Failure to hold meetings + elections amounts to serious misconduct or mismanagement

The Charity Commission for England and Wales has published its Report on its statutory inquiry into the Jamia Hanfia Ghosia Mosque and Princess Street Resource Centre. The inquiry found that twelve trustees failed to hold an annual general meeting and elections for three consecutive years from 2019. Despite the 2020 failures being due to COVID-19, the Commission is of the view that the trustees should have taken steps to address the position once the lockdown restrictions had been removed.

This means that the Commission has decided that the trustees' actions (or inactions) amounted to serious misconduct or mismanagement. The charity is now run by a new board of trustees who have been properly elected.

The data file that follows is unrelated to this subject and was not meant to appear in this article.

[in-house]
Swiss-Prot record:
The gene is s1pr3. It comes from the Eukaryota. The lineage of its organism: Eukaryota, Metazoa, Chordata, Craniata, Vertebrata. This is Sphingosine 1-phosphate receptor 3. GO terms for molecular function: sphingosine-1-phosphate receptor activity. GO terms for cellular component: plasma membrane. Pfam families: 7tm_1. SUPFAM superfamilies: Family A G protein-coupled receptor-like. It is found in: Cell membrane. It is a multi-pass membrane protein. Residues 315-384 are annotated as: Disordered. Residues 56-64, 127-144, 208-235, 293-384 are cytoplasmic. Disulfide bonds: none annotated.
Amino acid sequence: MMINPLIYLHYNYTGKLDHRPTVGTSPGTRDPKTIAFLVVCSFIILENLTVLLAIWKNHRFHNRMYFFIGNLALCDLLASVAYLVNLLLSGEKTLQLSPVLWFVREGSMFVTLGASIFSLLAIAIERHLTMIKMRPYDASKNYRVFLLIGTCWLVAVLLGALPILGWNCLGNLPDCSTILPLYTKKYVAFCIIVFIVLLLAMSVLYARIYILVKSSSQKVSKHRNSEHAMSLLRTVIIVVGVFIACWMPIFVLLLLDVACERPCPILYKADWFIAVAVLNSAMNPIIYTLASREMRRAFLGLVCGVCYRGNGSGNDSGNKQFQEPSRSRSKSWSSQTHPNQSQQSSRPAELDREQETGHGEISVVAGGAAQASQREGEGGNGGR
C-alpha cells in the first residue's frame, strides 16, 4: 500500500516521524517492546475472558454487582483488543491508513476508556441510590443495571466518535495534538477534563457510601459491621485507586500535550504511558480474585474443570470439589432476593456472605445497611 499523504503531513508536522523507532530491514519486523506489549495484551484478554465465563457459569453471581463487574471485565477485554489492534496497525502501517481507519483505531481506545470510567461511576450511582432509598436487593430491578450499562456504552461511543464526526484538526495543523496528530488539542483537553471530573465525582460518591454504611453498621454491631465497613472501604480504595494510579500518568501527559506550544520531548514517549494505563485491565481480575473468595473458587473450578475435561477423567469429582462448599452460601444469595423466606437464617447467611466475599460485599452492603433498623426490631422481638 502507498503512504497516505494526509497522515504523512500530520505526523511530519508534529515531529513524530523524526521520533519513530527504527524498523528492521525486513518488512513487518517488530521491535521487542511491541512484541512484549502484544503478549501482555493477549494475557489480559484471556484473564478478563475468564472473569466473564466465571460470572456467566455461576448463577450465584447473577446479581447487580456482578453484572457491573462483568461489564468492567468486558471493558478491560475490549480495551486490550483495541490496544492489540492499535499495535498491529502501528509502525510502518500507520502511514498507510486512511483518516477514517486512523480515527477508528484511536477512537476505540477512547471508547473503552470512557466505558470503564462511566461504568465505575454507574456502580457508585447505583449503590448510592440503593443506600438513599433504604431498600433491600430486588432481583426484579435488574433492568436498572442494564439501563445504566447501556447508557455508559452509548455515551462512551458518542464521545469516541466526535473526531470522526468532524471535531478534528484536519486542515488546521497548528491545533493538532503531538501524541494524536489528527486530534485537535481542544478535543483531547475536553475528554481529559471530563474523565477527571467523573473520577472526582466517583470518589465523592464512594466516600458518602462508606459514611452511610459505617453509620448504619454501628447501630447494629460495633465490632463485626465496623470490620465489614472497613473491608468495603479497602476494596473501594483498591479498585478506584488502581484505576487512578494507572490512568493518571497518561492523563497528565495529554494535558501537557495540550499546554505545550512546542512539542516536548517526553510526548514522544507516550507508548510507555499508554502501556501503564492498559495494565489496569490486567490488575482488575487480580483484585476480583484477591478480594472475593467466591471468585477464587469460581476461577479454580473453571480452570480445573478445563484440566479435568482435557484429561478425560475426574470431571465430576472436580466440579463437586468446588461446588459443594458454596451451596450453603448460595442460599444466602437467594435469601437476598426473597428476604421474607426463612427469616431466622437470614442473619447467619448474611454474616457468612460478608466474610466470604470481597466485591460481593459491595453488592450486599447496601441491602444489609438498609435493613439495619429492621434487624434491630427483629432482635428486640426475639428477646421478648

Although it may be tempting at times to avoid the formal processes set out in an organisation's constitution, this case study is an important reminder that the constitution is designed to protect and support the trustees, but it will only do so if its provisions are followed properly.

If special circumstances arise that prevent the formal processes from taking place, then trustees need to consider how to proceed.

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